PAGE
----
Want to prove to Google that you’ve got some serious programming chops? Then you better prepare yourself for war. Ant war. The Fall 2011 AI Challenge, sponsored by the giant of search engines, is now underway and pits programmers against one another as rulers of virtual ant colonies. Write code that teaches your pixelated ants how to find food and conquer rival ant hills and you could come out on top. More than 4000 users have already signed up, with 13,000+ games played so far. Check out a typical AI ant vs AI ant match in the video below. While relatively low tech, the Google AI Challenge ant game is designed to pull in a new horde of amateur and semi-professional programmers. The winners of today’s challenge could be tomorrow’s innovators of artificial intelligence.
The ants simulation is a fairly straightforward strategy game where each ant from a hill is depicted as a single brightly colored pixel. Ants use their programmer’s code to tell them how to explore the space around them. Gather brown food pellets (also just a single pixel) to generate new ants, attack rival ants of different colors, and seal off enemy mounds to gain victory points. The simulation ends when all but one team is destroyed, when the strength of each team causes a stalemate, or when time is up. The ant hill that has the most points at the end of the game wins. Here’s “Andrew” from the AI challenge to give you a look at a typical game with three competing ant hills. Imagine this scenario played out tens of thousands of times with different AIs controlling the ants each time and you get a good idea of what goes on at the Google AI Challenge Fall 2011 competition:
As an AI challenge, ant wrangling is pretty straight forward. You need to teach your ants how to find a path based on what they can ‘see’. You have to give them preferences for finding/retrieving food. You also have to teach them how and when to go in for the kill. Master those tasks and you’ll perform really well in the AI challenge, but that’s easier said than done. Of the 13k+ matches simulated, almost half (~48%) end because ant teams can’t manage to find food.
The reason for the high rate of failure is also one of the AI Challenge’s most interesting goals: to draw in a lot of competitors. With starter packages ready to download, almost anyone can register and get a team started with just a few minutes of work. Really, just minutes. There’s a wide variety of programming languages supported (C++, Python, Java, etc) and the AI Challenge team is willing to work with you if you prefer a language they haven’t developed yet. Even people relatively new to programming can enter the competition and try their hand at insect domination. As everything is handled online, there’s no geographic boundaries either. Teams from all over the world can submit code, see how they do, and improve their ideas as they learn from their matches.
Of course, casting the fishing net wide means you get a lot of old tires in your catch. Current results show that about 15% of games end with a lone survivor, about 15% with a stabilized war (no hill able to beat another), and about 20% reach a time limit. Those are the three outcomes that really show AI routines competing against one another. The remaining 50% of games end basically due to fundamental programming errors – ants can’t find food or they don’t attack rival hills. Even with half the games ending on error, the AI Challenge already has more than 13,000 games played. That’s in less than a week of competition! And because this is all run in simulation, the challenge website can run 4500 games a day, so we can expect a lot more meaningful match ups. By the end of this ongoing series of online ant battles we’re probably going to see a low level AI that’s REALLY good at commanding an ant hill.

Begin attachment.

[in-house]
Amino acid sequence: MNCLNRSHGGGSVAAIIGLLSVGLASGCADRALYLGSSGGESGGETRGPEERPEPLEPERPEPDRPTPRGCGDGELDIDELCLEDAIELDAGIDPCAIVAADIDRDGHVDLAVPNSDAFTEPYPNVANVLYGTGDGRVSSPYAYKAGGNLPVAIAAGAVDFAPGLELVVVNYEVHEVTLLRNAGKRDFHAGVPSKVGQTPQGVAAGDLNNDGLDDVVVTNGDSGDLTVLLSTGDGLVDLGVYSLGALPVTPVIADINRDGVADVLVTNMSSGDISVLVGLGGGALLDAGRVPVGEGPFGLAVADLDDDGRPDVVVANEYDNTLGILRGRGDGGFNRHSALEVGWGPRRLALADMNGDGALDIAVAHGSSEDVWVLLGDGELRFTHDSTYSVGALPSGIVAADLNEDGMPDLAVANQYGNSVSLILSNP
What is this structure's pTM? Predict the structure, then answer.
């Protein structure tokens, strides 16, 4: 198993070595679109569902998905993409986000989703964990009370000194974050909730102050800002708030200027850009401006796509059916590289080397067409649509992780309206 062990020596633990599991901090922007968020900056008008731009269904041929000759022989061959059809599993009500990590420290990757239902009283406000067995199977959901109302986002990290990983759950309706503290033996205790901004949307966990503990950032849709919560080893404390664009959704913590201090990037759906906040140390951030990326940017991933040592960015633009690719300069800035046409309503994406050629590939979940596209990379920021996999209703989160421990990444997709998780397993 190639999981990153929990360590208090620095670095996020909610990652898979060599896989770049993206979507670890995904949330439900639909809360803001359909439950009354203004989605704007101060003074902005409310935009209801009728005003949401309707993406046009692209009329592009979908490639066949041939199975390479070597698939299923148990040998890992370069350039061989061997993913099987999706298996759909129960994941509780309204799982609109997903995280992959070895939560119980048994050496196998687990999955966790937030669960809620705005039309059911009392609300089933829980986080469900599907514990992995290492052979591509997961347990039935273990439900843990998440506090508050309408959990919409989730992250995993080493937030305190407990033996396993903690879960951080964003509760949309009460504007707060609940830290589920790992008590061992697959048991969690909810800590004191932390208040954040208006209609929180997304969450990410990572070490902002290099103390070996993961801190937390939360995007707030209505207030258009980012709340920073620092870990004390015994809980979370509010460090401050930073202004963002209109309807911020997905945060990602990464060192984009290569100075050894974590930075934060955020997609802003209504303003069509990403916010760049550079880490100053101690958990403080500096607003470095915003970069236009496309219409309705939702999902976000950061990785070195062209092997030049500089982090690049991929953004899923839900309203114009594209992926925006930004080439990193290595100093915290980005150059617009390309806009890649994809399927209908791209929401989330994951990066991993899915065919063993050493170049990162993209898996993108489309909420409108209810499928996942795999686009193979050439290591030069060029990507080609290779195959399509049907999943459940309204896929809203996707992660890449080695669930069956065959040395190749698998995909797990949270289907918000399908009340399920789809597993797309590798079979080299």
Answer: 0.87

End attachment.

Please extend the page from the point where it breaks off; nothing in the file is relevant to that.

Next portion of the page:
So what? Well, whatever artificial intelligence developed by the AI challenge is going to be fairly rudimentary relatively speaking. We’re not going to see anything to rival the narrow AI applications we’ve reviewed in the past nor anything in even the same ecosystem as the artificial general intelligences (AGIs) most of us think about when we talk about smart computers. But that doesn’t matter. The reason Google sponsors the AI Challenge is that competitions like this help teach the rising new generation of programmers how to think creatively and innovate their code as they learn. Ideally, they’ll build their code so it adapts during each game. That sort of education is what makes the AI Challenge worthwhile, and it’s an investment that will pay dividends to Google (and every other computer based company out there) in the years ahead.
It’s important to remember that this challenge is just one of many around the world that helps grow the size and skills of the programmer community. We’ve discussed the ongoing Ms. Pac-Man wars to see who can build the best AI ghosts or orb-gobbling heroine. You can also include robot competitions with heavy problem solving elements like Rubik’s Cube racing and Micromouse maze runs. Each of these challenges provide great opportunities to have fun and develop job skills at the same time, and they’re increasing in number and scale every year. The AI Challenge started off as a much smaller competition at the University of Waterloo. Now its open to everyone with funding from the biggest name on the internet. As it and other challenges continue to grow, they will attract many more into pursuing careers in computer science and engineering. Who knows, somewhere among these ant hills may be the programmer that eventually creates the artificial intelligences we’ve been dreaming about for centuries.
Hopefully he or she won’t include the seek and destroy skills they honed competing for Google’s attention.
[image credits: AI Challenge]
[source: AI Challenge]